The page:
Essay 2: Analysis of Colonization in “Whereas” and from Unincorporated Territories: [guma’] and at least one reading of your choice assigned during weeks 1, 2, 3, 4, 5 or 6.
Worth 100 points
Word Count 1,250-2,500 words; not counting works cited
Select one of the following five prompts to complete your essay. You must include in the upper left hand corner of your paper, where your name and the date go, that this is Analytical Essay #2 and the letter of which prompt you have chosen to attempt. This could be written like “Analytical Essay #2B”
a. In both “Whereas” and from Unincorporated Territories: [guma’], we can see that there is engagement and resistance to writings of and by the US Federal Government—a colonizing force if there ever was one—as well as from interaction with individuals who are colonizers, whether they want or mean to be. How do Long Soldier and Perez and a poet of your choice who has been assigned to you during weeks 1-6 engage with the conventions of the contemporary and ancient colonial style and frameworks of writing in their own artistic writing?
And in no more than a page, explain how you might attempt your own resistance and why. If you have space, you may provide a brief example—no longer than a page.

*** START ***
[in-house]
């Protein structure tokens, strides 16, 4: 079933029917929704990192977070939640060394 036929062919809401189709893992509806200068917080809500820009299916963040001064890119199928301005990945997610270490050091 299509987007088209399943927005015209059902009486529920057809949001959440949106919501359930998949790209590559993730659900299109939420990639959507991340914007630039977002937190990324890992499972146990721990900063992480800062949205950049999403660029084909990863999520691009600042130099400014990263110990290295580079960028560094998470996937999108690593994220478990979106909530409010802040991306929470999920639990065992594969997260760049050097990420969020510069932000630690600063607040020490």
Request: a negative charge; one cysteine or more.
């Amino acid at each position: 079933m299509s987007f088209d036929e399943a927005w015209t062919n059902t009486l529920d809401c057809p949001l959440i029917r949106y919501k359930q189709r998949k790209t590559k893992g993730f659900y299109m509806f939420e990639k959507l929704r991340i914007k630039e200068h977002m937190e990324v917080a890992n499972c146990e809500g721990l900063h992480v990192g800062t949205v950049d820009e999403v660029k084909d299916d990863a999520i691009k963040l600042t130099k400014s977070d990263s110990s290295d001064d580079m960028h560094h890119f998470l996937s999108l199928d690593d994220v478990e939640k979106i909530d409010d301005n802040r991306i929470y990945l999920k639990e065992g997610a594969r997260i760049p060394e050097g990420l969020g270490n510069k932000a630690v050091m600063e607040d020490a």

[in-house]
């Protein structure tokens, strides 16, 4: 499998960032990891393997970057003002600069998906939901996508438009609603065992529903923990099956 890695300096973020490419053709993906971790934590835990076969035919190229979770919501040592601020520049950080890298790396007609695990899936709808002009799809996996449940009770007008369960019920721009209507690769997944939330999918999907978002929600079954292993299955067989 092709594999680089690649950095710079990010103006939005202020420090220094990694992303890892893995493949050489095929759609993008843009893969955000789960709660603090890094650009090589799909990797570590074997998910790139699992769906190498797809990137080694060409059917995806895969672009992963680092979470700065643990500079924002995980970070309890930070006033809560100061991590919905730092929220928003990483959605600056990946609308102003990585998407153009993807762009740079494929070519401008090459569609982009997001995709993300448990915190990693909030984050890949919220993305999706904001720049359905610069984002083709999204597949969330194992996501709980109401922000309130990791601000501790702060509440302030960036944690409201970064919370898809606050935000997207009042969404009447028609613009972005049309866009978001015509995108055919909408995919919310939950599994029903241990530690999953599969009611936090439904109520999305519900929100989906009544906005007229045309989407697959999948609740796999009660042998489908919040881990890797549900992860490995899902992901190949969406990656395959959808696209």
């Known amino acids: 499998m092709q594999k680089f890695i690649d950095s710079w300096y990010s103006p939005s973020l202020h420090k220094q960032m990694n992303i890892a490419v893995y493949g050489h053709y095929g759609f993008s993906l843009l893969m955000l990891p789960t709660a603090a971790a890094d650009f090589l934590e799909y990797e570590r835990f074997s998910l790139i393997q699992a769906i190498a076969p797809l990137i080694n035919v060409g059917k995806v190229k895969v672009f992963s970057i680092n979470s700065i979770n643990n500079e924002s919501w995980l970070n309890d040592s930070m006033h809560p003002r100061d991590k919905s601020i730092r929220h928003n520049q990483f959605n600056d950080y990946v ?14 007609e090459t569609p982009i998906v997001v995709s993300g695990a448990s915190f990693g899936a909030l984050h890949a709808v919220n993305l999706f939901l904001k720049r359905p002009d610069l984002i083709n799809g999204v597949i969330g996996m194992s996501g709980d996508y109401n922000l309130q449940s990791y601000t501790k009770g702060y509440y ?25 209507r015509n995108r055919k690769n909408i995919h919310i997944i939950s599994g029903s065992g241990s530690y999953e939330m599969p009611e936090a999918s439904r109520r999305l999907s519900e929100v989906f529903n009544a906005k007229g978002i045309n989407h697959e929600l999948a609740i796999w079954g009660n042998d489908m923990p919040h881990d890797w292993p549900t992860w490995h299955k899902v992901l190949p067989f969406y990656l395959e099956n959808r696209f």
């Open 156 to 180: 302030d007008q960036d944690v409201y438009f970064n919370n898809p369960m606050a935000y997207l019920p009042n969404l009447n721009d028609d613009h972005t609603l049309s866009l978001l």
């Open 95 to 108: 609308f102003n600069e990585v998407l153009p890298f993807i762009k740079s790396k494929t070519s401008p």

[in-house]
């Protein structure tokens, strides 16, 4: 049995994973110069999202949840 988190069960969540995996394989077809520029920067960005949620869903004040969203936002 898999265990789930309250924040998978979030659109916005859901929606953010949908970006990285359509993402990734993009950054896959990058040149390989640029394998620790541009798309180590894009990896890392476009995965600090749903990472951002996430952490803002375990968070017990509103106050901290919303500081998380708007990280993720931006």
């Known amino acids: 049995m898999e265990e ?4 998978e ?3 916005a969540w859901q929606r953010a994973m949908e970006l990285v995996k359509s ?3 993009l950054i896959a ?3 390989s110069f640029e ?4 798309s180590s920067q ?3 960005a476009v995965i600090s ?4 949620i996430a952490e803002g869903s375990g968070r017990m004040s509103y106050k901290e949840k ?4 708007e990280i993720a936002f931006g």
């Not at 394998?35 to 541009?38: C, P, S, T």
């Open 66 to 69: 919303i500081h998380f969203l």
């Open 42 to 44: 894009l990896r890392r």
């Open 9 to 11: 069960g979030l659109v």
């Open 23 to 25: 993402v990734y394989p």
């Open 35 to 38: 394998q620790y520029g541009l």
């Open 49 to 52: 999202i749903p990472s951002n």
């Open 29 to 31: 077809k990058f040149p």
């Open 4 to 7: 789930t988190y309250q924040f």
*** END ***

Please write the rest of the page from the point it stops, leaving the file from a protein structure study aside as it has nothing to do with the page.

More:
b. We understand that the meaning of any given word or text is established through a continuing process of social interaction, negotiation, consensus, and dissent, so: how do Long Soldier, Perez and a poet of your choice who we’ve read during weeks 1-6 participate in this social construction of meaning under the restrictions of colonialism?
c. Long Solder, Perez and several other writers we’ve read so far allude to or discuss outright Generational Trauma, an atypical neurological disability related to Post Traumatic Stress Disorder—what is Generational Trauma, and analyze the discussion of it in these texts.
d. Analyze “Whereas” and from Unincorporated Territories: [guma’] and a poem of your choice from the work assigned to you during weeks 1-6 through a Post-colonial theoretical lens, define that lens with one or more of the nonfiction texts we’ve read on the subject of colonialism, decolonialization, postcolonialism, or sovereignty.
e. If you found a way to talk about “Whereas” and from Unincorporated Territories: [guma’] and another poem of your choice that I’ve assigned throughout week 1,2,3,4,5, or 6—you may do so.